Duet, D.  (Nov 30, 2013).  Technologies taking hold of education environments.  TommieMedia.com  Retrieved from: http://www.tommiemedia.com/featured-news/technologies-taking-hold-in-education-environments/

Gartner, Inc.  (2014).  Gartner’s 2014 Hype Cycle for Emerging Technologies Maps the Journey to Digital Business [Press release].  Retrieved from http://www.gartner.com/newsroom/id/2819918

The New Media Consortium.  (2014).  The NMC Horizon Report:  2014 K-12 Edition.  Retrieved from:  http://cdn.nmc.org/media/2014-nmc-horizon-report-k12-EN.pdf

Veletsianos, G.  (2010).  A Definition of Emerging Technologies for Education.  In G. Veletsianos (Ed.), Emerging Technologies in Distance Education (pp. 3-22). Edmonton, AB: Athabasca University Press.   Retrieved from:  http://www.veletsianos.com/2008/11/18/a-definition-of-emerging-technologies-for-education/

4 thoughts on “Defining and characterizing emerging technologies

  1. You last statement of “I believe teachers have a vital role in discovering emerging technologies that could be used in the classroom and helping to close that gap; if we are going to prepare students for a career that doesn’t exist yet, we owe it to them to bring an exciting educational experience that introduces new AND emerging technologies.” You are so right. If there is new technology, and the developer wants to know if it is a viable tool for learning, let teachers be the beta sample. Where better to test anything than in the trenches. But I firmly believe that the technology has to be a useful learning tool. 3-D printers will not teach kids to read, they will be good in a STEM class, maybe even math, but they will not write a paper. Google glass is a great technology, but how will it help students take a standardized test? Cloud computing is a solid technology with many applications. Mobil devices as in BYOD, is ok for older kids, but will not help kindergartners in a high poverty area. We have to pick and choose sometimes which is unfortunate, but to simply know the technology is there can be a useful tool. Your whole presentation I think is spot on, and you make some great points!!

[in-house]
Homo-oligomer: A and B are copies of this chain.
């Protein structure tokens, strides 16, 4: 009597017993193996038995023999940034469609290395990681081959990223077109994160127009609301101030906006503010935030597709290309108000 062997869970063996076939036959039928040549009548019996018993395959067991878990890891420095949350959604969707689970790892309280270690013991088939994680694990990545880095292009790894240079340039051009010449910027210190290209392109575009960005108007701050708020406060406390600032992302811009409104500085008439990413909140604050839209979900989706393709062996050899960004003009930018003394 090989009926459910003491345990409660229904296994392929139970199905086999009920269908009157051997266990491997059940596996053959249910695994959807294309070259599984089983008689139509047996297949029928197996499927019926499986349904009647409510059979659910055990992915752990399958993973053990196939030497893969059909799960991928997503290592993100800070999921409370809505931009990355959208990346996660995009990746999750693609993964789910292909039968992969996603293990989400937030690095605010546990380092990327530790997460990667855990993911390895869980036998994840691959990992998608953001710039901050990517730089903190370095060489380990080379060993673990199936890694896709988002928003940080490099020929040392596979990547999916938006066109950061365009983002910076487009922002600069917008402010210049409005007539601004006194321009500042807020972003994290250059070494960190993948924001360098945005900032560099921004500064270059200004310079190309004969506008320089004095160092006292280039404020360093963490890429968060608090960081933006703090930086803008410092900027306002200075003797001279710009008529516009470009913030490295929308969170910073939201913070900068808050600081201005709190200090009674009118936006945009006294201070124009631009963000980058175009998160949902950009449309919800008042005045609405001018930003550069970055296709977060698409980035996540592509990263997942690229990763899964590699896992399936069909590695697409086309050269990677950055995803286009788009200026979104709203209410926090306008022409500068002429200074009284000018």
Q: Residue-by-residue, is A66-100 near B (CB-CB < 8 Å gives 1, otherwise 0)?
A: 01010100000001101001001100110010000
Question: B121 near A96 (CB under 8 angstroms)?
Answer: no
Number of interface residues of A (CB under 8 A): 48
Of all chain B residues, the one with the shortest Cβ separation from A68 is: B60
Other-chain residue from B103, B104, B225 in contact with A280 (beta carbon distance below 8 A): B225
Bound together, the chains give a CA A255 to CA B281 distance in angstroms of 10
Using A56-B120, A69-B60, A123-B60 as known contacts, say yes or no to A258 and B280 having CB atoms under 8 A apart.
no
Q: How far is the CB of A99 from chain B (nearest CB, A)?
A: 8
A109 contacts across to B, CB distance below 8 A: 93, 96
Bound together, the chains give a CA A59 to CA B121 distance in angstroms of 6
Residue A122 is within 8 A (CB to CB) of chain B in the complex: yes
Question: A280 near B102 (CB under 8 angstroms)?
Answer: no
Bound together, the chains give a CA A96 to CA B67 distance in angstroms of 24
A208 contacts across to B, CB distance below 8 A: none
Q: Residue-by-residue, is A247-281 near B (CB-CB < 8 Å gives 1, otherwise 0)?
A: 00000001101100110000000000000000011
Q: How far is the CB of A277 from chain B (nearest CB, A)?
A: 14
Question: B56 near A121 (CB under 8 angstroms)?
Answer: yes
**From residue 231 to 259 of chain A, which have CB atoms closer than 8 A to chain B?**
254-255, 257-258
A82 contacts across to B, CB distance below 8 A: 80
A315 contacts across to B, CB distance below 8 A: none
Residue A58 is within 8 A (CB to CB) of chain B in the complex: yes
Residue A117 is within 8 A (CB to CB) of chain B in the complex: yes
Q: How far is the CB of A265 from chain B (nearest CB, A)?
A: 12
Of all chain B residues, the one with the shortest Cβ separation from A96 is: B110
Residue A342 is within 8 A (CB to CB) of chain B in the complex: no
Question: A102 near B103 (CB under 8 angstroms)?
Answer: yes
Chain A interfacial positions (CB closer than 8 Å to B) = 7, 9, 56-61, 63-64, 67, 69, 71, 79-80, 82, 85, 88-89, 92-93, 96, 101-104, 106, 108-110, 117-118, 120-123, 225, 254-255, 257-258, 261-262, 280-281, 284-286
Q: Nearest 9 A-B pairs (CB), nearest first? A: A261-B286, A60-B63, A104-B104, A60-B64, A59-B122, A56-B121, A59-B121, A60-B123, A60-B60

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  2. Mia, I think the point you made about our students holding jobs in the future that we don’t even exist right now is such a great point. Many of the jobs adults have now never existed, or could have even been imagined a few decades ago. I never really thought of my students like that before. I find so much value in traditional forms of learning, I love reading books and love seeing my students reading books, but with the influx of technology we are seeing these traditions being disregarded. It’s kind of sad to me, but it is a reality of our times.

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    1. I can totally understand that, but I don’t see the technology necessarily replacing “traditional” forms of education, just supplementing them in ways that support student learning. The actual printing of books is becoming less and less of a viable option and its not good for the environment unless we begin using different materials or technology for book printing; bookstores are moving online and libraries are investing more in digital print because it’s just not cost effective anymore to print and buy multiple copies of books. For readers in remote areas, being able to get a digitally printed book is more accessible and affordable then an actual book copy. So the underlying value and skill still exists, reading and accessing print material, but we don’t have control over whether books will continue to be printed, so we must adapt. It’s hard for us to see but students feel those same attachments to a “book” when they read a great story, regardless of what medium they use. I also like that students can interact with a book in more ways today than ever before; I mean, why shouldn’t they be allowed to rewrite an ending, build a virtual diorama of the story, or illustrate their own copy of a great book? I think it’s this love of the “traditional” forms of teaching that we can use to make sure that new and emerging technology can help our students to love learning as well!

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  3. That is a great infographic! Thanks for sharing that. I didn’t know what cloud computing was at first but when I looked at this, I was like, hey I do this. I use google docs with my students all the time. I didn’t know what Moocs was either. This is nice for visual learners like me. I do believe teachers have a vital role in emerging technology. That is why I am taking these courses, in hopes that what I learn I can help prepare my students for things to come.